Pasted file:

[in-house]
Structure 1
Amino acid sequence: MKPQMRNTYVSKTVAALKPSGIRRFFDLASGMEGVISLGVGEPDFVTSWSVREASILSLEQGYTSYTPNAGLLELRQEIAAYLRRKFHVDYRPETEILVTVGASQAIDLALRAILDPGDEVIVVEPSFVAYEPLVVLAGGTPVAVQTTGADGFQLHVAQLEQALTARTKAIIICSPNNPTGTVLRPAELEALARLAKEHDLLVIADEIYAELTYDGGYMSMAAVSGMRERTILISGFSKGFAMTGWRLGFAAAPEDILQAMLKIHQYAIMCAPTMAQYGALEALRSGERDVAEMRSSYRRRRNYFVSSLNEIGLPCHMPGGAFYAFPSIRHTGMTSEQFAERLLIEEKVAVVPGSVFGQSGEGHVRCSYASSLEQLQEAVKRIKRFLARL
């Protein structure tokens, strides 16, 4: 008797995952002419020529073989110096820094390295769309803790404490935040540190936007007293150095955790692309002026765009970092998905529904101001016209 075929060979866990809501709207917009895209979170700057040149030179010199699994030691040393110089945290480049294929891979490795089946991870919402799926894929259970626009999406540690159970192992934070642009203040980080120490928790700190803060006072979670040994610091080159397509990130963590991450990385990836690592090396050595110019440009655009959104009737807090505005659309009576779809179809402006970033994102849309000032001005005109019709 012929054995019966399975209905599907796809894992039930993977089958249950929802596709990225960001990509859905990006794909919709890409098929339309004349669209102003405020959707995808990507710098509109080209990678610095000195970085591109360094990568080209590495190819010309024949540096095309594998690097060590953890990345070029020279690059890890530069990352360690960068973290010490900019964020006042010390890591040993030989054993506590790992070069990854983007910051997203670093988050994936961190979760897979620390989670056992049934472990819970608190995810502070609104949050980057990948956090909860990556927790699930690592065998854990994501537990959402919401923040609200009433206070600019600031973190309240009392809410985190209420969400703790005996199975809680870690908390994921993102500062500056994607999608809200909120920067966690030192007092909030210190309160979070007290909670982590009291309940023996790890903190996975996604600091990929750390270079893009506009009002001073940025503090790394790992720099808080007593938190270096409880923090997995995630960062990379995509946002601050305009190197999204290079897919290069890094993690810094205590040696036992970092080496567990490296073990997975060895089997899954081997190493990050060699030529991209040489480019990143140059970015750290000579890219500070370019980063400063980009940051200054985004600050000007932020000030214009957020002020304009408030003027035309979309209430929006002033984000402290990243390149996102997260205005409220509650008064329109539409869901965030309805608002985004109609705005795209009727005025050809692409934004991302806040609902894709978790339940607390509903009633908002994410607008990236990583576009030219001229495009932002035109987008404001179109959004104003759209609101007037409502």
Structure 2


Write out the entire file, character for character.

[in-house]
Structure 1
Amino acid sequence: MKPQMRNTYVSKTVAALKPSGIRRFFDLASGMEGVISLGVGEPDFVTSWSVREASILSLEQGYTSYTPNAGLLELRQEIAAYLRRKFHVDYRPETEILVTVGASQAIDLALRAILDPGDEVIVVEPSFVAYEPLVVLAGGTPVAVQTTGADGFQLHVAQLEQALTARTKAIIICSPNNPTGTVLRPAELEALARLAKEHDLLVIADEIYAELTYDGGYMSMAAVSGMRERTILISGFSKGFAMTGWRLGFAAAPEDILQAMLKIHQYAIMCAPTMAQYGALEALRSGERDVAEMRSSYRRRRNYFVSSLNEIGLPCHMPGGAFYAFPSIRHTGMTSEQFAERLLIEEKVAVVPGSVFGQSGEGHVRCSYASSLEQLQEAVKRIKRFLARL
């Protein structure tokens, strides 16, 4: 008797995952002419020529073989110096820094390295769309803790404490935040540190936007007293150095955790692309002026765009970092998905529904101001016209 075929060979866990809501709207917009895209979170700057040149030179010199699994030691040393110089945290480049294929891979490795089946991870919402799926894929259970626009999406540690159970192992934070642009203040980080120490928790700190803060006072979670040994610091080159397509990130963590991450990385990836690592090396050595110019440009655009959104009737807090505005659309009576779809179809402006970033994102849309000032001005005109019709 012929054995019966399975209905599907796809894992039930993977089958249950929802596709990225960001990509859905990006794909919709890409098929339309004349669209102003405020959707995808990507710098509109080209990678610095000195970085591109360094990568080209590495190819010309024949540096095309594998690097060590953890990345070029020279690059890890530069990352360690960068973290010490900019964020006042010390890591040993030989054993506590790992070069990854983007910051997203670093988050994936961190979760897979620390989670056992049934472990819970608190995810502070609104949050980057990948956090909860990556927790699930690592065998854990994501537990959402919401923040609200009433206070600019600031973190309240009392809410985190209420969400703790005996199975809680870690908390994921993102500062500056994607999608809200909120920067966690030192007092909030210190309160979070007290909670982590009291309940023996790890903190996975996604600091990929750390270079893009506009009002001073940025503090790394790992720099808080007593938190270096409880923090997995995630960062990379995509946002601050305009190197999204290079897919290069890094993690810094205590040696036992970092080496567990490296073990997975060895089997899954081997190493990050060699030529991209040489480019990143140059970015750290000579890219500070370019980063400063980009940051200054985004600050000007932020000030214009957020002020304009408030003027035309979309209430929006002033984000402290990243390149996102997260205005409220509650008064329109539409869901965030309805608002985004109609705005795209009727005025050809692409934004991302806040609902894709978790339940607390509903009633908002994410607008990236990583576009030219001229495009932002035109987008404001179109959004104003759209609101007037409502």
Structure 2